Reading a cozy mystery requires a certain suspension of belief by the reader. Certain common elements are accepted in this popular subgenre and some are not. Let’s examine each one and see what we writers can do about them. Readers, feel free to chime in with your opinions!
Dead bodies all over town
Ever since Murder, She Wrote aired on TV, the “Cabot Cove Sydrome” has been well known. Set in a small town, this series of murder mysteries had a new dead body—or more—per week. Move these over to a book series, and you have a new murder show up in each installment. Some would say that the town or the sleuth is cursed. Our hapless heroine may be the unlucky person to stumble across the corpse. At other times, she’ll be informed by someone else and is stunned by the news. As the series progresses, she develops a sort of ennui when discovering dead bodies. It’s not that death is disrespected. She still shudders and shakes and feels compassion for the dead person’s family, but then she forges ahead to solve the crime. After all, no one can find peace until the criminal is caught.
A personal connection to the deceased
The sleuth must have a reason for getting involved in solving the crime. Either she knew the dead guy or she has a friend or relative who asks for her help. Even when our gal resolves to mind her own business, a mystery presents itself and only her unique talents can root out the truth. This personal connection is essential to the cozy genre. Finding the crook isn’t an assignment or a job. It’s her calling, and others recognize it even if she denies the role.
Not leaving it all to the police
If the heroine were smart, she’d dust her hands off and leave the crime solving to the cops. But no, that’s not possible in a cozy. The homicide detectives are too clueless, or too intent on the wrong suspect, or too busy with more important cases to follow through. Or they lack the heroine’s skill to get townspeople to talk because she’s one of them. Perhaps she’s better than the gruff police detective in coaxing people to spill the beans. Whatever her reasons for thinking she could do a better job, she still should consult the authorities and share relevant information with them. In some stories, the police may serve as an obstacle to her goal. In others, the handsome detective may turn into a potential love interest. Either way, she can’t just charge ahead on her own and ignore the cops unless she has a good reason.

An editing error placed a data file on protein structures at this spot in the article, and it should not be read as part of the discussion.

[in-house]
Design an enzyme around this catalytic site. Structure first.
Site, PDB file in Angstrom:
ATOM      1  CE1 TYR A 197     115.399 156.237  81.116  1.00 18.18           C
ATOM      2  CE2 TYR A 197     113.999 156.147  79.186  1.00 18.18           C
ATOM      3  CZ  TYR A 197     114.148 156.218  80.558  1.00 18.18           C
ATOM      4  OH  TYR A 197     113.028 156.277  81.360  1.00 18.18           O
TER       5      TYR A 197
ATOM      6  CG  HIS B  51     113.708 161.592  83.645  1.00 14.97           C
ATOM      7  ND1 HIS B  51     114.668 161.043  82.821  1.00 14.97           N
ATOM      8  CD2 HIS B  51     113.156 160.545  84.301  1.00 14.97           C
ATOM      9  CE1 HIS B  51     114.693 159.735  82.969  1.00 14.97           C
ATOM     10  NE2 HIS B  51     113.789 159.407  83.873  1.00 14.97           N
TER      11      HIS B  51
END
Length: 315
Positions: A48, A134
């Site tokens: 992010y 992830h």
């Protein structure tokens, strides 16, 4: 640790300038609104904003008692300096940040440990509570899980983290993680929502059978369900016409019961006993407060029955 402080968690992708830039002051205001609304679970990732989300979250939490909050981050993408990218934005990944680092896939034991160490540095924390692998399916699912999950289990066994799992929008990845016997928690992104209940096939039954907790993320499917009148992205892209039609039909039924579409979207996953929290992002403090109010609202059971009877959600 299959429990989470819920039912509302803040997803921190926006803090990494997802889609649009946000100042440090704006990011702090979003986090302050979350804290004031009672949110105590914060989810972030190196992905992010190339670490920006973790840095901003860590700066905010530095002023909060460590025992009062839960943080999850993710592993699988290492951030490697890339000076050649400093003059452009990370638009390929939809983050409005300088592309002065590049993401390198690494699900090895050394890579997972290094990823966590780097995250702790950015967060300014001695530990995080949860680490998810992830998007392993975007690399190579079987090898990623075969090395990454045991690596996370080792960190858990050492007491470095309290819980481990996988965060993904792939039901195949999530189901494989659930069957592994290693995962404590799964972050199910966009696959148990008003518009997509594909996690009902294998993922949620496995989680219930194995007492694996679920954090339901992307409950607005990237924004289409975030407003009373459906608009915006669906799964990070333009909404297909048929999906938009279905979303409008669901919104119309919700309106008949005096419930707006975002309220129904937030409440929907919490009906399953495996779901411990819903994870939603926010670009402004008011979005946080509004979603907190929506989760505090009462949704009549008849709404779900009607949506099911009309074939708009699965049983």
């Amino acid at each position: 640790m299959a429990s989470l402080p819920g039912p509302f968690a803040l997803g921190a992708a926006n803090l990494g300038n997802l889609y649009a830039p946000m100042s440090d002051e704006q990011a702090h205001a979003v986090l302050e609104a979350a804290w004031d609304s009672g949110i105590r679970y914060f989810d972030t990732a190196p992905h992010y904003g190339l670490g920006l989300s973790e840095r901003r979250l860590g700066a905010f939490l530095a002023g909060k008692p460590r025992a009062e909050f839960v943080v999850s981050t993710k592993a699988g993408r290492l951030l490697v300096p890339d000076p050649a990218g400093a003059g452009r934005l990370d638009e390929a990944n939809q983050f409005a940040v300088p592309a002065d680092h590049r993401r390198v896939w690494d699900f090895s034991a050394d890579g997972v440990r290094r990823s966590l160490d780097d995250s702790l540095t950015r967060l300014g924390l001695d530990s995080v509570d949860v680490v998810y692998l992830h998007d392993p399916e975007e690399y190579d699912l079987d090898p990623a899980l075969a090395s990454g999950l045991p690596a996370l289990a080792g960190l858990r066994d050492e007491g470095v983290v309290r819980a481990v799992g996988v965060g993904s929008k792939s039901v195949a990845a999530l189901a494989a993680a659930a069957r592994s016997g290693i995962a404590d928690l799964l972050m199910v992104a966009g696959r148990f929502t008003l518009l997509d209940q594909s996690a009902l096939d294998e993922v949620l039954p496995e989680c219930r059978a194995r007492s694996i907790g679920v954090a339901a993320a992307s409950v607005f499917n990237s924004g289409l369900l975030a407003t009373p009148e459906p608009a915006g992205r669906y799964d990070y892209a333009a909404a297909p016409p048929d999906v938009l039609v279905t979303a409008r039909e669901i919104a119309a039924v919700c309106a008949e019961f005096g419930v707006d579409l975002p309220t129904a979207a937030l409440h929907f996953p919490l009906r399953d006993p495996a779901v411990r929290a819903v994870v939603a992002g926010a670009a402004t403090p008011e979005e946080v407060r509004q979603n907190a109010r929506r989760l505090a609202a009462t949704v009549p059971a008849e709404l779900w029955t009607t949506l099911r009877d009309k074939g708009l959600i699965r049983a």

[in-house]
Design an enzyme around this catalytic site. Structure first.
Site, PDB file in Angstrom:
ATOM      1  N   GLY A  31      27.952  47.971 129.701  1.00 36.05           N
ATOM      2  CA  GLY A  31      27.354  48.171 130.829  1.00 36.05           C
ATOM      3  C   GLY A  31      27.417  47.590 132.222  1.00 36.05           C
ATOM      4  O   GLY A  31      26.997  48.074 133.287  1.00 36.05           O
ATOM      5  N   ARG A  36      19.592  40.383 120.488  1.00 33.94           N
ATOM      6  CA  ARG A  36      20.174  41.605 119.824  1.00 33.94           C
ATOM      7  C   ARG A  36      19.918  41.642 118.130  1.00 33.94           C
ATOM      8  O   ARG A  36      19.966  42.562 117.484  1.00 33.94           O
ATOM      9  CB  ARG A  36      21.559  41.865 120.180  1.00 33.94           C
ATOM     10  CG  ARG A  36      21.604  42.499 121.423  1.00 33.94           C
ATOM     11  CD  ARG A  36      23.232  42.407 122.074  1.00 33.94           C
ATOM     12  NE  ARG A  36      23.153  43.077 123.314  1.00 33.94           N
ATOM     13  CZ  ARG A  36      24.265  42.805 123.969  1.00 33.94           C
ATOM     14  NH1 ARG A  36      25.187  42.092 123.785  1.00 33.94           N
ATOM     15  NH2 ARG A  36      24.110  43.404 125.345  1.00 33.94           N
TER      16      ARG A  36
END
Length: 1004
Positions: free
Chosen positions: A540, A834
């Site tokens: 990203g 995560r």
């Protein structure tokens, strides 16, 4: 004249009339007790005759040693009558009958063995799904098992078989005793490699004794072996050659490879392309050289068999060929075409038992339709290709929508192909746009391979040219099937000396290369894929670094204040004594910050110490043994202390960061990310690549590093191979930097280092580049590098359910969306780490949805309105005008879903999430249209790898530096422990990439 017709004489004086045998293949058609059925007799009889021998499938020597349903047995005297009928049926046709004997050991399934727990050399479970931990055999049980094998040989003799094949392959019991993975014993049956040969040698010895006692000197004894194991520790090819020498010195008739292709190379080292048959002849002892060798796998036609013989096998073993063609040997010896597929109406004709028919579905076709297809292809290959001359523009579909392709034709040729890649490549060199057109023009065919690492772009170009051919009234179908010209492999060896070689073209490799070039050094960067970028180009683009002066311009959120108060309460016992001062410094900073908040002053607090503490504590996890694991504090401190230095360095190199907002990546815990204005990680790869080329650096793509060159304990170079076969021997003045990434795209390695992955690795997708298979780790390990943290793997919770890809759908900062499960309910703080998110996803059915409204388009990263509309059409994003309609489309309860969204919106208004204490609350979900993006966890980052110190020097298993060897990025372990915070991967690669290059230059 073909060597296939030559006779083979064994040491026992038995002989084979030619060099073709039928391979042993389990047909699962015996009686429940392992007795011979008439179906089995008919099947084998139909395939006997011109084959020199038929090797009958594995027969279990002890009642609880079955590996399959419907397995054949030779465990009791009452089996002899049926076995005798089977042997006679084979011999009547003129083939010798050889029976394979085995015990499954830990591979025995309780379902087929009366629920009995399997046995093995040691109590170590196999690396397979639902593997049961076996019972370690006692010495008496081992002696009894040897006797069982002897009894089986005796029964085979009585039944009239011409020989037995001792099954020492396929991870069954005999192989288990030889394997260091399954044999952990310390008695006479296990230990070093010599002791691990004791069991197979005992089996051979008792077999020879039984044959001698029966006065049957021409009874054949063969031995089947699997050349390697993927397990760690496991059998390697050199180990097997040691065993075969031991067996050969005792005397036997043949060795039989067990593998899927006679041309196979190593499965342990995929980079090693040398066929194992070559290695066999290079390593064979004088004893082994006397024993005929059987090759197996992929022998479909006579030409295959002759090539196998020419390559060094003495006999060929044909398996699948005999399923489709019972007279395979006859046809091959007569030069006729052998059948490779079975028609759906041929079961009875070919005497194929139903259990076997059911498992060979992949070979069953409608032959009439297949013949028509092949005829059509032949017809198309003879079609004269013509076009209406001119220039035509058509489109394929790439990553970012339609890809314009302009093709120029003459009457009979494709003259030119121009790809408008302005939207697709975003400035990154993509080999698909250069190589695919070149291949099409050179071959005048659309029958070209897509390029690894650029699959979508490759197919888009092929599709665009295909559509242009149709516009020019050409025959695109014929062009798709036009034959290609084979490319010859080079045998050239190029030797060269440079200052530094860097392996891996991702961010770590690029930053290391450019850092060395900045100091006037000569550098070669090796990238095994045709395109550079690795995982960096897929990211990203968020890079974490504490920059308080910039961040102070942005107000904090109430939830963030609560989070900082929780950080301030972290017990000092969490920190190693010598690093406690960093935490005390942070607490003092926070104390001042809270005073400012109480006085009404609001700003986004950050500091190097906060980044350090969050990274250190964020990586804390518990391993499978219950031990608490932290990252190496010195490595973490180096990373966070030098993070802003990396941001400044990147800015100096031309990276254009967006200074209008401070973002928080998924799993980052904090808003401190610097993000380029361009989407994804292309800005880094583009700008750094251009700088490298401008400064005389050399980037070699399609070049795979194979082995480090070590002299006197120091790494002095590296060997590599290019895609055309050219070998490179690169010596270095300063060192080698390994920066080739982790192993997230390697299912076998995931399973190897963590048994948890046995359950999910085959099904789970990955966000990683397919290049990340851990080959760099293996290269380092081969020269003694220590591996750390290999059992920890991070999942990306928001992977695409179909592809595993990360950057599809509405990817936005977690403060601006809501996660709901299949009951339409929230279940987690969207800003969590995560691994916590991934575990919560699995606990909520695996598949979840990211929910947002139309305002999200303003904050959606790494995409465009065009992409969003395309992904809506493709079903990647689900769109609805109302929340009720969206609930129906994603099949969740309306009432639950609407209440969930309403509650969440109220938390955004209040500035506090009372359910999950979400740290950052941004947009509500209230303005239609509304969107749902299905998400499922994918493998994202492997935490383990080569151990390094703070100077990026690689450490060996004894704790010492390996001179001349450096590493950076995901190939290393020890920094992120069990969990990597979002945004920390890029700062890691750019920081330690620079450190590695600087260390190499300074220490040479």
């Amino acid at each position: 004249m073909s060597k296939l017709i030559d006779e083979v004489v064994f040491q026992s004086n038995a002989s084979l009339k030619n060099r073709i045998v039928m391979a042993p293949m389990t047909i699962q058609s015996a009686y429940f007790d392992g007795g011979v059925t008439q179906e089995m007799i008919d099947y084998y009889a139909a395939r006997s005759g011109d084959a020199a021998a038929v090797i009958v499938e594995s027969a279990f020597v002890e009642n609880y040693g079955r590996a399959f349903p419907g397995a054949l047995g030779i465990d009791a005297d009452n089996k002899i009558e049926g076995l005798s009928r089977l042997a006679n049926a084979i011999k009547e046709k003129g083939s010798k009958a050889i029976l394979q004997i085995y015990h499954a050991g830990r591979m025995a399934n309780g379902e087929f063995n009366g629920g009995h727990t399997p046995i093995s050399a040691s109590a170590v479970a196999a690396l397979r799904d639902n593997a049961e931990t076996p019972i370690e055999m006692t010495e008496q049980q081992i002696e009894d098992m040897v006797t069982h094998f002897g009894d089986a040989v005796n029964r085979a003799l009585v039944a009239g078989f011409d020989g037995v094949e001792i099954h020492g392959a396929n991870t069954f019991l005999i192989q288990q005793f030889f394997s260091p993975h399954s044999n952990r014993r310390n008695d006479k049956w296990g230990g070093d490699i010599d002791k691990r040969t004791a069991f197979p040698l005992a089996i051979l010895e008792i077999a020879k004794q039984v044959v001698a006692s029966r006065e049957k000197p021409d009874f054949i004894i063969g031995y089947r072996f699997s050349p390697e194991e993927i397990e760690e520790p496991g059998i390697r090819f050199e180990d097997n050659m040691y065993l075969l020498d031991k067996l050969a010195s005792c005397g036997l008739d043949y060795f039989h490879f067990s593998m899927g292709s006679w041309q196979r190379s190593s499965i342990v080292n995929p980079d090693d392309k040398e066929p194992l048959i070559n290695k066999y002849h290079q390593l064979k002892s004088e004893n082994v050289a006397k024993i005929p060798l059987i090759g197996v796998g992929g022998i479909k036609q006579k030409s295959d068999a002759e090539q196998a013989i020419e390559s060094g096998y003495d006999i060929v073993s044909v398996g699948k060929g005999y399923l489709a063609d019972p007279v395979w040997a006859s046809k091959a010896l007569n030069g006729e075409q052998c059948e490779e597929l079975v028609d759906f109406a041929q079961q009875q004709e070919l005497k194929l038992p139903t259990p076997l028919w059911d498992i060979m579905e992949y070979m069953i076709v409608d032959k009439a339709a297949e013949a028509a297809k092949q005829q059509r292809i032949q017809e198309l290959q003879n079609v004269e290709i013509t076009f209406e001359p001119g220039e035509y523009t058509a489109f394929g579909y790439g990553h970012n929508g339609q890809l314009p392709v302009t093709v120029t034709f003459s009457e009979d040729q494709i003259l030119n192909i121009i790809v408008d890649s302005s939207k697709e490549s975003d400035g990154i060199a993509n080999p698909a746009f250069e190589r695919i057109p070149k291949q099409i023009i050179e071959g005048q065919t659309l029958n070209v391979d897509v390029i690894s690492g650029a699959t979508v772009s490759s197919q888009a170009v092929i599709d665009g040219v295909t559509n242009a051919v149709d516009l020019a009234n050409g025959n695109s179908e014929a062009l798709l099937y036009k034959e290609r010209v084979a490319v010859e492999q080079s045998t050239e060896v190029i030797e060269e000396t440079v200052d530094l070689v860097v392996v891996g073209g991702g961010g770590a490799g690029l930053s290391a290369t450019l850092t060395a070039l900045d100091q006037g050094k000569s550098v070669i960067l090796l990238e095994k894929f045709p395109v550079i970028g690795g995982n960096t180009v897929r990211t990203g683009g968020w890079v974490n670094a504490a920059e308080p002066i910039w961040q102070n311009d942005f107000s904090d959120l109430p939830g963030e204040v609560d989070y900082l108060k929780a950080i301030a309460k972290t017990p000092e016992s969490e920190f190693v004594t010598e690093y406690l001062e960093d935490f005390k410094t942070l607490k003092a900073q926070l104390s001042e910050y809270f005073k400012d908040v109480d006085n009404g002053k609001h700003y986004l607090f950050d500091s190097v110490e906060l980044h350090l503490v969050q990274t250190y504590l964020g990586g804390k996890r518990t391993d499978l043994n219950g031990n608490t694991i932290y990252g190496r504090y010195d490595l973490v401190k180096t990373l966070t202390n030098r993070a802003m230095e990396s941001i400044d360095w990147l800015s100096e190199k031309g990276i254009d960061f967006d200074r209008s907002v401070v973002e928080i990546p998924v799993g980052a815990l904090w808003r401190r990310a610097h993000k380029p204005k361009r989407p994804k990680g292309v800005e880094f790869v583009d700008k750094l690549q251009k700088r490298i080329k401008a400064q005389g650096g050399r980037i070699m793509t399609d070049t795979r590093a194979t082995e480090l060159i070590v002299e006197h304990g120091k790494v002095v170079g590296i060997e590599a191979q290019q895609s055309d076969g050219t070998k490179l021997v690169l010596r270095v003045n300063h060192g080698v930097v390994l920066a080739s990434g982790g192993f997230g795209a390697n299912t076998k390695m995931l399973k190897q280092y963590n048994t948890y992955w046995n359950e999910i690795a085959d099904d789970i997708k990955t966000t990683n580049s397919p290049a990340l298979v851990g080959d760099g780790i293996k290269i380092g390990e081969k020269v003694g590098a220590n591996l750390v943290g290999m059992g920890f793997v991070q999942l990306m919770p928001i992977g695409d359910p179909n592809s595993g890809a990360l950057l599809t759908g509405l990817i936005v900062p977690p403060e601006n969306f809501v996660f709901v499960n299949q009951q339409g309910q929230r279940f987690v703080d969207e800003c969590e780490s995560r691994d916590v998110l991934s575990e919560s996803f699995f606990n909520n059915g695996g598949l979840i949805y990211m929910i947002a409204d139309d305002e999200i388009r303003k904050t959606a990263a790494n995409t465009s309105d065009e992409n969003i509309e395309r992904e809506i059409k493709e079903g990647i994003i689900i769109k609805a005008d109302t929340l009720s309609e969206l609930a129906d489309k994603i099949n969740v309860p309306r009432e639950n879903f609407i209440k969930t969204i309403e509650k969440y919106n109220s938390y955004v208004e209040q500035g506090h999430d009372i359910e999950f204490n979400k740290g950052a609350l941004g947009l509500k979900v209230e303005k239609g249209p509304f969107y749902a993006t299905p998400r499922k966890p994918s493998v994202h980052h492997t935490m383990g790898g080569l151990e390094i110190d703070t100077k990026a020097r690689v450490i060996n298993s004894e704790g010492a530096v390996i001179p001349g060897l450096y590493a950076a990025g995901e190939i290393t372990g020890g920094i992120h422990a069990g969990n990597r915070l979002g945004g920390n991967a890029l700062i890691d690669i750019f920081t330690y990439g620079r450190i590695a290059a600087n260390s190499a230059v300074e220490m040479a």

Too Stupid to Live (TSTL) moments
This is where the plucky amateur sleuth goes to meet the killer on her own. She has no backup and oops, she left her cell phone in the car. As my editor would say, this is a no-no. We don’t want our heroine to appear dumb. She’s a smart woman, and she knows enough to at least text the detective where she’s going or to take a friend with her. She can have the best of intentions, and they may get sidetracked, but make her appear to be smart. Then things can go awry.
Time and energy for sleuthing
Does your protagonist have a job or a family? If so, how does she squeeze in the time to investigate a crime? Is she eating properly, feeding the pets, taking the kids to school, doing laundry, and fulfilling all the dozens of chores that capture our time? Making her life seem real includes all these daily activities. If she’s single and has her own business, it’s easier to free her schedule. But if she has inflexible job hours and family obligations, make sure she takes some down time and fits in her crime solving with everything else.
This is a big reason why I had a gap in my series books between when Marla, my hairstylist sleuth, had a baby and then the series resumed a year later. After seeing what our daughter went through with a newborn and a steady job, there’s no way my sleep-deprived heroine would have been able to think clearly enough or have had the energy to track down killers. Yes, Marla could have hired a nanny, but she was also nursing the child and not getting enough sleep. Would you have the energy under those circumstances to solve crimes? I couldn’t accept this for her reality, and so I skipped an interval in her life. Maybe I’ll fill this gap in later with a milder mystery that she can solve from home or between pediatrician visits.
A happy ending
In the real world, an amateur investigating a murder may very well end up dead. Or she’d be smart and run in the opposite direction when a crime is committed. We have better things to do than chase down murderers. But not so in a cozy. The sleuth investigates. Nobody gets badly hurt. Animals and children are safe. And the bad guy is caught. All’s well that ends well, which isn’t very realistic. Even if the crook gets caught, he might slip through the bars of justice, or his lawyer will find a loophole in the case. Nothing is guaranteed, except in a cozy which ends up like a gift package with all the plot threads neatly tied into a bow. Our heroine lives to see another day and another installment in the series.
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